May 12, 2022
All hands should be on deck in the fight for safe abortion access
Written by: Melissa Orozco, Founder + CEO, Yulu PR
I recently returned home to New Mexico with my partner to celebrate the coming arrival of our first child together. Our time there was magical – I marvelled at how much love this baby is already surrounded by. How supported I am. Unfortunately, those aren’t the circumstances for a lot of Americans who find themselves pregnant.
While we were being showered with love by friends and family, others were reeling from the news that the Supreme Court overturning Roe v. Wade seemed imminent. Just yesterday, the Women’s Health Protection Act, which would have codified the right to abortion, failed to make it to open debate in the Senate in a 49-51 vote. Regardless of what is or isn’t possible in the Senate right now, it’s crucial we all do whatever we can to defend access to safe abortions. For many, they are life-saving medical care.
Growing up in America without health insurance meant that I relied on Planned Parenthood for a lot of my healthcare needs, including contraception. Girls where I’m from were sexually active young. And though I’m fortunate I never had to decide whether or not to abort an unwanted pregnancy, several of my closest friends did. Their reasons are really nobody’s business, but two of four wanted to wait until they were in a better position to have a family. And when the time was right for them, they did.
We know it isn’t middle-class and affluent women who will be harmed most by this decision. Statistically, it’s going to be women of color and women from lower incomes. New Mexico is the fifth-poorest state in the country, so many of my friends, relatives, and peers fall into one of those categories. Overturning Roe will harm those who can’t travel to access abortion and those who know another child will push their family to the breaking point. In desperation, many will be forced to try unsafe abortion methods. Some will die.
The right to access safe abortion is not enshrined in law here in Canada, either, and access varies by province and whether or not you live in an urban center. But I feel an incredible sense of relief that I’m having my baby here, because I know that my health as the mother will continue to be prioritized throughout my pregnancy. I know that the healthcare system will continue to care for us and provide resources after the baby is born to help us both thrive. I also acknowledge that Indigenous women often have a very different experience of Canada’s healthcare system, and that unearned privilege plays a big part in mine.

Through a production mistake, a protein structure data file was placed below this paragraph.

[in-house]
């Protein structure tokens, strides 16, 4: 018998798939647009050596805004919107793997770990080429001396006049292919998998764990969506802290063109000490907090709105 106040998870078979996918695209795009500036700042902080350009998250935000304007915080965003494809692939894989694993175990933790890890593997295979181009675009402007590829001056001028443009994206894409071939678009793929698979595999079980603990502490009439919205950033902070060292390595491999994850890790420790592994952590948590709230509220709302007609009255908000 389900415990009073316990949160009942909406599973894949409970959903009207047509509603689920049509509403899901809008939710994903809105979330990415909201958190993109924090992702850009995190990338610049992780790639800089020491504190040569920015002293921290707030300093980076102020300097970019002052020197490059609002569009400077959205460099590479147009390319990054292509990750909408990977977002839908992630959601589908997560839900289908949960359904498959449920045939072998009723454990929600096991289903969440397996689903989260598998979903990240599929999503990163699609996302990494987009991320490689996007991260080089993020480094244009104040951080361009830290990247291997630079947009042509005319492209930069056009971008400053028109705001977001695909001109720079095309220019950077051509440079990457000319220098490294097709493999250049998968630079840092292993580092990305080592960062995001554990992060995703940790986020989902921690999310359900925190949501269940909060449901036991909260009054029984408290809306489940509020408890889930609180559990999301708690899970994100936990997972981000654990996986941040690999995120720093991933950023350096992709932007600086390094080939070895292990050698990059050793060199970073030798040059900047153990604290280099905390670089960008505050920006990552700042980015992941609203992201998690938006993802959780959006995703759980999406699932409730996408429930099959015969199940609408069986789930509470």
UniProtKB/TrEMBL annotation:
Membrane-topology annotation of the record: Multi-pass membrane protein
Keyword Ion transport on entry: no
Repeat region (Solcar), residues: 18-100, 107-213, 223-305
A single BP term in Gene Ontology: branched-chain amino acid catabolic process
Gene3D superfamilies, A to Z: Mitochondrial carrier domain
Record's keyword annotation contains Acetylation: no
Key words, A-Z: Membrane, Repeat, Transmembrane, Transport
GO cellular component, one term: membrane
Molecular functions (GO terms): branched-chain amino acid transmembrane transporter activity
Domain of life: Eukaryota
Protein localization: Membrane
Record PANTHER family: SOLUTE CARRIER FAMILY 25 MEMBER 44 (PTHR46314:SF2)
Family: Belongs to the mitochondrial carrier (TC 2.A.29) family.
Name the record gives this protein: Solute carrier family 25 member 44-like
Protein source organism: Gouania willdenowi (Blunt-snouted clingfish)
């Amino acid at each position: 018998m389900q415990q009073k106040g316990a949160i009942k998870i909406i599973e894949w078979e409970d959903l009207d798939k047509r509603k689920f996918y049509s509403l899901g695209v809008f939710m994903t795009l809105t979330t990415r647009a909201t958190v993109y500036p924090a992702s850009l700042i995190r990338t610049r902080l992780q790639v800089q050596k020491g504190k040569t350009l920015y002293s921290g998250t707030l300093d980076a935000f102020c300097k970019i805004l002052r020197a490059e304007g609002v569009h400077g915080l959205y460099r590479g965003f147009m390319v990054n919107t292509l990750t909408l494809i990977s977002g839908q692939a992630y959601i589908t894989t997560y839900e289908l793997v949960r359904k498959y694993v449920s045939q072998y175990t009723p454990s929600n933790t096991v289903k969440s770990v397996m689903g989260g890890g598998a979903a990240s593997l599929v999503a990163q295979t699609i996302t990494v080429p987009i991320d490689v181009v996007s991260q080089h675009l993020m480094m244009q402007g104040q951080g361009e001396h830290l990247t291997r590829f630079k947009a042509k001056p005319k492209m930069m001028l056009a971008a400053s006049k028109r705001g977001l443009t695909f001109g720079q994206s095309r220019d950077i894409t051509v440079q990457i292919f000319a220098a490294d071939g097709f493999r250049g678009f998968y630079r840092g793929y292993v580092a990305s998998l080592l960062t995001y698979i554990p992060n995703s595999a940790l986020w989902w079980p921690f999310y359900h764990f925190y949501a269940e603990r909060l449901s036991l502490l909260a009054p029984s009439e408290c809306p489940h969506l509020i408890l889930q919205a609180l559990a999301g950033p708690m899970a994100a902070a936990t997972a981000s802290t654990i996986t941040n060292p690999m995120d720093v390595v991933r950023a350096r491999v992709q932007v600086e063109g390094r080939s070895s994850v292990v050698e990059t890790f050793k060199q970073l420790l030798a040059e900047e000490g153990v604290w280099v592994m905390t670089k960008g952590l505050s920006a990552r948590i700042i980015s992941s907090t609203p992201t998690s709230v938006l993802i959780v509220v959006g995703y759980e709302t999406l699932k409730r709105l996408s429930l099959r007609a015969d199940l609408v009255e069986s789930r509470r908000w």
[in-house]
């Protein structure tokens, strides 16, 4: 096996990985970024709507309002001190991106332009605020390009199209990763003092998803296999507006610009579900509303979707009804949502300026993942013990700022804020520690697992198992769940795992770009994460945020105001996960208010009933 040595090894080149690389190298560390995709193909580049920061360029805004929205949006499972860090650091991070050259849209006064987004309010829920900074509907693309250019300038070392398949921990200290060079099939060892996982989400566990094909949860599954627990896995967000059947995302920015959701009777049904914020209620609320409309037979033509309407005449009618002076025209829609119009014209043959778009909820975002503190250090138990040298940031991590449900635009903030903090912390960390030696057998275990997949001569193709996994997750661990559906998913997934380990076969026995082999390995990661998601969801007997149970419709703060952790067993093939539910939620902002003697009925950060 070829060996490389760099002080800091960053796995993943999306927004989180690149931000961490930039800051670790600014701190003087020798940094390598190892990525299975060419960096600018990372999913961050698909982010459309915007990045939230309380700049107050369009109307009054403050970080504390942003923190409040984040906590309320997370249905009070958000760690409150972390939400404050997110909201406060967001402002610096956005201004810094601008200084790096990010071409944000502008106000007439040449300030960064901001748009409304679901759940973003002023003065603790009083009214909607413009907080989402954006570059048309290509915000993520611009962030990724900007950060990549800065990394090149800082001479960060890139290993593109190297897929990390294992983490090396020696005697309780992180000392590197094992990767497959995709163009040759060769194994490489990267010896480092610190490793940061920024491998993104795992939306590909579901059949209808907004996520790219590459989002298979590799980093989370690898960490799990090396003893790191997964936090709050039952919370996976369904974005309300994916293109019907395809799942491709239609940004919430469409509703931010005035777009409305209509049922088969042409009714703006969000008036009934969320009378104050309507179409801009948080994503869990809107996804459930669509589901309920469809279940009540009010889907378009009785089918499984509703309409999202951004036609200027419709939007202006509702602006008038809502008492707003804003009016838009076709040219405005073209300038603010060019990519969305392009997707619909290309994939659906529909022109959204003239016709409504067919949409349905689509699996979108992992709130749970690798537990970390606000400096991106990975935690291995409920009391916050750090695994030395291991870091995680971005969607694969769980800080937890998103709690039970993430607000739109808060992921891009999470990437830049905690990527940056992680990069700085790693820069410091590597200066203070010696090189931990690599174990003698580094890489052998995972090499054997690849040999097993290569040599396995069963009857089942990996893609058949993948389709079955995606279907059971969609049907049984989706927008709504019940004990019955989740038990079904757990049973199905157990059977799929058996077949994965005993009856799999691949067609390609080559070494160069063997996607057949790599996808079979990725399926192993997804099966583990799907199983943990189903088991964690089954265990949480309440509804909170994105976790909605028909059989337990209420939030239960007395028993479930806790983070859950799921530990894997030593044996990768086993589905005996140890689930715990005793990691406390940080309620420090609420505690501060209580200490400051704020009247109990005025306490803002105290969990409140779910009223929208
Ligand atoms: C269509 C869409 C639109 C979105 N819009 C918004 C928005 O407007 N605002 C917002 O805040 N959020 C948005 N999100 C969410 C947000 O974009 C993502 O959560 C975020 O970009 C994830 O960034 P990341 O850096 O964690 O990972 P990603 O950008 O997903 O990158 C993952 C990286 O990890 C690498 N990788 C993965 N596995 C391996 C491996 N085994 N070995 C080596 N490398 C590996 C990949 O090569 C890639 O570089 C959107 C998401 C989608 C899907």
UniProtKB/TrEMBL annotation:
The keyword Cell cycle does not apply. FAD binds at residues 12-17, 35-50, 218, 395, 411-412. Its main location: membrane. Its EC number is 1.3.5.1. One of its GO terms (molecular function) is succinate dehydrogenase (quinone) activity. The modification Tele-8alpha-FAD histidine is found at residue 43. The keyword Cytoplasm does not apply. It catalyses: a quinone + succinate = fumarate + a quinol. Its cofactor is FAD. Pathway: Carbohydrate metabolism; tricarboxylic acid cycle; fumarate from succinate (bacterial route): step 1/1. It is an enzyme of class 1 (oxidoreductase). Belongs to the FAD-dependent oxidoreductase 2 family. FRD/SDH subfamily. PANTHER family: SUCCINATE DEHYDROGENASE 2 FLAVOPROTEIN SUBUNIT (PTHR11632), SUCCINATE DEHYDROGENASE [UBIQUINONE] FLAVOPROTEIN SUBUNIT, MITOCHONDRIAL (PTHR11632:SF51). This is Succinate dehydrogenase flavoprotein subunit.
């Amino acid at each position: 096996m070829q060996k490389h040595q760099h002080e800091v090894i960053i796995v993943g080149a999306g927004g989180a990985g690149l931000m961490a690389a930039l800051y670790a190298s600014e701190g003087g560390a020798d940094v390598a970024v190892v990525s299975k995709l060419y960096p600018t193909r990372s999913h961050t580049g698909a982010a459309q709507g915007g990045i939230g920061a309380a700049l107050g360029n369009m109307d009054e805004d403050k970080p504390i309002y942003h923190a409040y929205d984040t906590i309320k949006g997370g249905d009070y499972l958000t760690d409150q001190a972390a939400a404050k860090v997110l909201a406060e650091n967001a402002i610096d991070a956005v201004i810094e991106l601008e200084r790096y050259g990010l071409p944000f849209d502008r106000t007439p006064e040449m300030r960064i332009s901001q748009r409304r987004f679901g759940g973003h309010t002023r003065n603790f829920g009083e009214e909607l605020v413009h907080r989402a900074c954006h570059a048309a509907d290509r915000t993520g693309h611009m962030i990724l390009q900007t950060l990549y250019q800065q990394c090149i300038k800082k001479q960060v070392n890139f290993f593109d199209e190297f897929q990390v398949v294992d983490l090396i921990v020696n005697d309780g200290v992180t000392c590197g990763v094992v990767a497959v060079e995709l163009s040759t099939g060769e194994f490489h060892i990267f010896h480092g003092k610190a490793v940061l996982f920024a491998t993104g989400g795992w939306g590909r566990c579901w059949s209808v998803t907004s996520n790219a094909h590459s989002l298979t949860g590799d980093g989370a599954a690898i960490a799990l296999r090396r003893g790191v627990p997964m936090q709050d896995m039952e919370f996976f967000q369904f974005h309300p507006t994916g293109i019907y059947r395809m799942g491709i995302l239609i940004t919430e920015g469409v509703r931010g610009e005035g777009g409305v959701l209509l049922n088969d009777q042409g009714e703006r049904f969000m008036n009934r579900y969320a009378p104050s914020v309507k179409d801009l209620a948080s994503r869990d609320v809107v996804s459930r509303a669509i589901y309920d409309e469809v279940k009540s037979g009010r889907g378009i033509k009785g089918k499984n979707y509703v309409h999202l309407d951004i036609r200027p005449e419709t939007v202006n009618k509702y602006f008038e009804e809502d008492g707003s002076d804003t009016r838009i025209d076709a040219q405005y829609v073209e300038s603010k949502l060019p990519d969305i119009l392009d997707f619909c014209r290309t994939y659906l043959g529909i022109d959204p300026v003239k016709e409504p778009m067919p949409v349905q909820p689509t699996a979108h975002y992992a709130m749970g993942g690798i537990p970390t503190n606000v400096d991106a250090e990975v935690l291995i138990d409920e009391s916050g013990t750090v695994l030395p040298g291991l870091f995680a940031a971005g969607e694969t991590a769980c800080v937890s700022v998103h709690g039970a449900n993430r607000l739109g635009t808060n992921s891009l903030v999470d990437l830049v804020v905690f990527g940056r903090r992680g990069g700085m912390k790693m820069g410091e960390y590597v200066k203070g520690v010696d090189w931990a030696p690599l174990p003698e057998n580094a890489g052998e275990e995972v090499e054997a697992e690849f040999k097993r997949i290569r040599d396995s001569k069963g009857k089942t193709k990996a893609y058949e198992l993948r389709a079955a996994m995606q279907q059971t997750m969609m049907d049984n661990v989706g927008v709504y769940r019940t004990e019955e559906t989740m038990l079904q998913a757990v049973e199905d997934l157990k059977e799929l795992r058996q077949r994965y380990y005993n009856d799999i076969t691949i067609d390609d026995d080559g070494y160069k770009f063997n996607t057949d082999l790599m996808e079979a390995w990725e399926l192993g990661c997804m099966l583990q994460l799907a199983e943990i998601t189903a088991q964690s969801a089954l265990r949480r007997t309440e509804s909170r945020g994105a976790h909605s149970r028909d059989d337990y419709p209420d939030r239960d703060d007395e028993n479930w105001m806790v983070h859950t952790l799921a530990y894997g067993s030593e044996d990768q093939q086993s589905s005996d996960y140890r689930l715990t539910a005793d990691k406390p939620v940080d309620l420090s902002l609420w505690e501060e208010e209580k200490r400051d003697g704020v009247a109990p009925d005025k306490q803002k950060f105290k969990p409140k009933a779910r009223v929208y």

Every bit of influence counts
Brands are gradually beginning to speak up about just how devastating the loss of Roe will be. That trickle needs to become a rush. Fellow B Corp Levi Strauss has pledged to pay travel expenses for employees who need to travel to obtain abortions. OKCupid, Bumble and Virgin have all issued statements condemning the potential overturning of Roe as an unconscionable blow to reproductive freedom. Large corporations, like Citigroup, are framing it as a health benefits issue rather than a moral issue. Even if a company is reluctant to make a strong statement about whether they are pro-choice or pro-birth, its leaders should know that restricting abortion access will result in economic implications alongside the health implications for employees, as women are forced to take leaves to travel out of state or out of the country to obtain abortions.
If you have any kind of influence whatsoever, now would be the time to use it. I would implore all communicators who are advising their clients on this issue to make sure they’re equipped with the right information. Many are under the impression that the country is evenly divided on the issue of abortion and are advising clients not to weigh in. That is absolutely not the case. The majority of Americans believe that abortion should be accessible, though they differ on whether that access should have certain restrictions.
As a veteran PR pro and a social impact strategist, I can tell you that staying silent sends a much louder message than saying something. Women working in white-collar roles may not have to worry about being able to access safe abortion right now, but many of them came from the same circumstances I did. Not having an abortion might have completely changed the trajectory of their lives. Being forced to have a baby as a teenager would certainly have changed the trajectory of mine.
When I welcome my baby to the world in a couple months, I’ll be doing so as a financially secure 38-year old woman, with a network of support and love around me. Every part of my pregnancy has been a joyful experience. Every woman should have the right to plan her family, just as I did.
Whether or not overturning Roe is a foregone conclusion, the fight for reproductive justice requires all hands on deck. My hope is that progressive lawmakers and those on the fence will come together and codify safe abortion access into law. In the meantime, let’s all use the power and influence we have to do what’s right. Communicators, citizens, lawmakers, celebrities, brands: don’t sit idly by while pregnant Americans are sacrificed in some ideological chess game. Now is the time to stand up for reproductive freedom, in any capacity you can.